HANOI -- Vietnam has lowered the targets for its COVID-19 vaccination drive as the government struggles to secure doses amid a global supply shortage.
Vietnam aims for year-end or "early 2022 to inject two full doses of vaccine into at least 70% of the population aged 18 and over, to achieve herd immunity, bringing life back to normalcy," Health Minister Nguyen Thanh Long was quoted as saying on the Defense Ministry's website last week.
The 70% of adults represents a lower figure than the initial target set two weeks ago. Hanoi started a vaccine fund on June 5 intended to secure 150 million doses, estimated to cost $1.1 billion, for the goal of inoculating 75% of the country's nearly 100 million people. Hanoi initially set a year-end deadline, but that target also has been eased.
At the fund's launch, Prime Minister Pham Minh Chinh called for donations from companies and individuals. The fund has raised 7.4 trillion dong ($322 million) from multinational companies operating in the country, led by Samsung Electronics, Toyota Motor and Foxconn.
Chinh took office in April as part of a new Vietnamese leadership team, and the adjusted targets come at a politically delicate time as Hanoi prepares for the National Assembly session opening July 20. The legislative session, lasting 11 and a half days, is the first after Vietnam's general elections in late May.
Vietnam trails other Southeast Asian countries in its negotiations to secure vaccines, a political analyst based in Hanoi said. The nation also took a long time to approve foreign inoculations and was initially too dependent on the COVAX Facility, a global vaccine-sharing program backed by the World Health Organization, despite warnings of possible supply shortages.
The people are watching Hanoi's vaccine procurement, Pham Duy Nghia, the director of Fulbright Vietnam's master in public policy program, said in a June 19 webinar. This effort will gauge the government's success in seeking capital funds and conducting large-scale vaccinations, he said.
Experts anticipate that even achieving the lower target of 70% will be a challenge.
"Vaccinating 70% of the population by the year-end will be a tough mission even when doses are available," Nguyen Thu Anh, country director of Woolcock Institute of Medical Research in Vietnam, said in the Fulbright Vietnam webinar.
"Vietnam's daily injection capability is below 500,000 jabs," she said.
Only 2.9 million Vietnamese were vaccinated as of Friday, according to the Health Ministry.
"We are tapping all available sources to secure enough vaccines for herd immunity this year," Chinh said last month at a meeting to review the pandemic.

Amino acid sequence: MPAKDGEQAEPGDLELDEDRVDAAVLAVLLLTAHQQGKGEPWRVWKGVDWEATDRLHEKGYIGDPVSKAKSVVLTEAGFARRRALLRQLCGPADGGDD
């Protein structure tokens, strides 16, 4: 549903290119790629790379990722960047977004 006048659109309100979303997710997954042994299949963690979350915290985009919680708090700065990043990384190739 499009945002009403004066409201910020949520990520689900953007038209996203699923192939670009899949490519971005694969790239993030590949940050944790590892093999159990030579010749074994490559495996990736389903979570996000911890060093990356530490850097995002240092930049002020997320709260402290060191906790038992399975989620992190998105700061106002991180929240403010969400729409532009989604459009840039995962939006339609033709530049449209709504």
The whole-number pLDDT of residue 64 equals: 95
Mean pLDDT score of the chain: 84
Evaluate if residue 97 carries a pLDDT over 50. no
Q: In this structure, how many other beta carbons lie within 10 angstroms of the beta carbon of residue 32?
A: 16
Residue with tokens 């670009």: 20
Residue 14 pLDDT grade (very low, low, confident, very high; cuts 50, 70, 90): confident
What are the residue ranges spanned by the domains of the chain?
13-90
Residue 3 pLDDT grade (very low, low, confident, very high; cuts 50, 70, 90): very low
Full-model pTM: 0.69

At a meeting with vaccine makers and scientists on June 7, the prime minister urged all sides to work their hardest, including by developing domestic vaccines, to help Vietnam meet its target of inoculating 75 million people.
Vietnam on Sunday received a gift of 500,000 Sinopharm vaccine doses from China. Despite a potential public backlash given the country's territorial dispute with Beijing in the South China Sea, Vietnam became the last member of the Association of Southeast Asian Nations to accept Chinese-made coronavirus vaccines.
These doses will go primarily to Vietnamese who intend to work or study in China and residents who need to use the Chinese vaccine, especially those near the border with China, the Health Ministry said.
Chinh later said he would allocate 11.58 billion dong from the central budget reserve in 2021 to contribute to the COVAX Facility, as more Vietnamese are willing to wait for Pfizer and Moderna vaccines.
Hanoi has approved the Pfizer and AstraZeneca coronavirus vaccines, as well as Russia's Sputnik V. The country has relied mainly on AstraZeneca shots. Hanoi secured 2.4 million doses from COVAX, 405,600 from AstraZeneca via local company Viet Nam Vaccine and about 1 million doses donated by the Japanese government.
Another potential source of vaccines is domestic. Local manufacturer Nanogen Pharmaceutical Biotechnology told reporters on Tuesday that it wants the government to grant urgent approval for Nanocovax, the company's vaccine candidate involved in final clinical trials.
Nanogen said the candidate had a 99.4% rate of producing immunogenic responses in the third trial. But the Health Ministry rejected the request on Wednesday, saying there was not enough evidence to approve it now.
Duong Quoc Chinh, a Hanoi-based political expert, told Nikkei Asia that Vietnam's current leadership is not necessarily to blame for tweaking the vaccination targets.
"The previous government was not prepared to partner with foreign vaccine makers to secure the vaccines," he said. "They were possibly counting too much on indigenous vaccine makers, assuming they could provide enough vaccines in time."
Additional reporting by Kim Dung Tong in Ho Chi Minh City.